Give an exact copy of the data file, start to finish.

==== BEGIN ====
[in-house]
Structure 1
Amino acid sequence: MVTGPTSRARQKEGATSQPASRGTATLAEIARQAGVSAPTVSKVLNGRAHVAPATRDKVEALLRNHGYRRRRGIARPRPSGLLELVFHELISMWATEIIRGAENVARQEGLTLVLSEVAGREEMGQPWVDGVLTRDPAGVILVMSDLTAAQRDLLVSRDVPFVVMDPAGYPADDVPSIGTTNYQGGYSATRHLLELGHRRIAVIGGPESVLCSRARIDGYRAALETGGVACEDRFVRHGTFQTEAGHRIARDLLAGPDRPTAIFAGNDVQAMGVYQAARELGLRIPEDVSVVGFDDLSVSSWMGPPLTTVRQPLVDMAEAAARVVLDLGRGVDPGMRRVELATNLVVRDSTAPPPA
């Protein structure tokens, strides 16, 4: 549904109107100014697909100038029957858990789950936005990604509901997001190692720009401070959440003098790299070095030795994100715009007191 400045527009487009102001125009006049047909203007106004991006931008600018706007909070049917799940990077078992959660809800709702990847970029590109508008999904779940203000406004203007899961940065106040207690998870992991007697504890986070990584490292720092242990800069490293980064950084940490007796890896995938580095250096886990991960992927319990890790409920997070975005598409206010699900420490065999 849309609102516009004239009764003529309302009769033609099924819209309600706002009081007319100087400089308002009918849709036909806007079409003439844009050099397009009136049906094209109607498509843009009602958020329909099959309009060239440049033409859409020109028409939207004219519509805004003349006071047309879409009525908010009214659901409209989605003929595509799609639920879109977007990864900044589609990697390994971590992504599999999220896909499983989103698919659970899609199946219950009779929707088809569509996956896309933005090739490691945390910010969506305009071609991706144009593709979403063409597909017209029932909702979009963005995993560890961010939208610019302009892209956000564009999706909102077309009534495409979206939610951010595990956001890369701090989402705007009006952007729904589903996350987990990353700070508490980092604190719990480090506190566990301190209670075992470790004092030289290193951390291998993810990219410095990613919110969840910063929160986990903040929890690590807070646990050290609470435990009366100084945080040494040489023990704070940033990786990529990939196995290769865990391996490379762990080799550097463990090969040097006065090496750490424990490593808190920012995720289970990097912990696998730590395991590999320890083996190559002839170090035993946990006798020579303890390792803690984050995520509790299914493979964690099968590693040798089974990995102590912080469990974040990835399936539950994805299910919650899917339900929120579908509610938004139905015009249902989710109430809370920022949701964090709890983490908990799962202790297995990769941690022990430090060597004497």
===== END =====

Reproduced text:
[in-house]
Structure 1
Amino acid sequence: MVTGPTSRARQKEGATSQPASRGTATLAEIARQAGVSAPTVSKVLNGRAHVAPATRDKVEALLRNHGYRRRRGIARPRPSGLLELVFHELISMWATEIIRGAENVARQEGLTLVLSEVAGREEMGQPWVDGVLTRDPAGVILVMSDLTAAQRDLLVSRDVPFVVMDPAGYPADDVPSIGTTNYQGGYSATRHLLELGHRRIAVIGGPESVLCSRARIDGYRAALETGGVACEDRFVRHGTFQTEAGHRIARDLLAGPDRPTAIFAGNDVQAMGVYQAARELGLRIPEDVSVVGFDDLSVSSWMGPPLTTVRQPLVDMAEAAARVVLDLGRGVDPGMRRVELATNLVVRDSTAPPPA
């Protein structure tokens, strides 16, 4: 549904109107100014697909100038029957858990789950936005990604509901997001190692720009401070959440003098790299070095030795994100715009007191 400045527009487009102001125009006049047909203007106004991006931008600018706007909070049917799940990077078992959660809800709702990847970029590109508008999904779940203000406004203007899961940065106040207690998870992991007697504890986070990584490292720092242990800069490293980064950084940490007796890896995938580095250096886990991960992927319990890790409920997070975005598409206010699900420490065999 849309609102516009004239009764003529309302009769033609099924819209309600706002009081007319100087400089308002009918849709036909806007079409003439844009050099397009009136049906094209109607498509843009009602958020329909099959309009060239440049033409859409020109028409939207004219519509805004003349006071047309879409009525908010009214659901409209989605003929595509799609639920879109977007990864900044589609990697390994971590992504599999999220896909499983989103698919659970899609199946219950009779929707088809569509996956896309933005090739490691945390910010969506305009071609991706144009593709979403063409597909017209029932909702979009963005995993560890961010939208610019302009892209956000564009999706909102077309009534495409979206939610951010595990956001890369701090989402705007009006952007729904589903996350987990990353700070508490980092604190719990480090506190566990301190209670075992470790004092030289290193951390291998993810990219410095990613919110969840910063929160986990903040929890690590807070646990050290609470435990009366100084945080040494040489023990704070940033990786990529990939196995290769865990391996490379762990080799550097463990090969040097006065090496750490424990490593808190920012995720289970990097912990696998730590395991590999320890083996190559002839170090035993946990006798020579303890390792803690984050995520509790299914493979964690099968590693040798089974990995102590912080469990974040990835399936539950994805299910919650899917339900929120579908509610938004139905015009249902989710109430809370920022949701964090709890983490908990799962202790297995990769941690022990430090060597004497």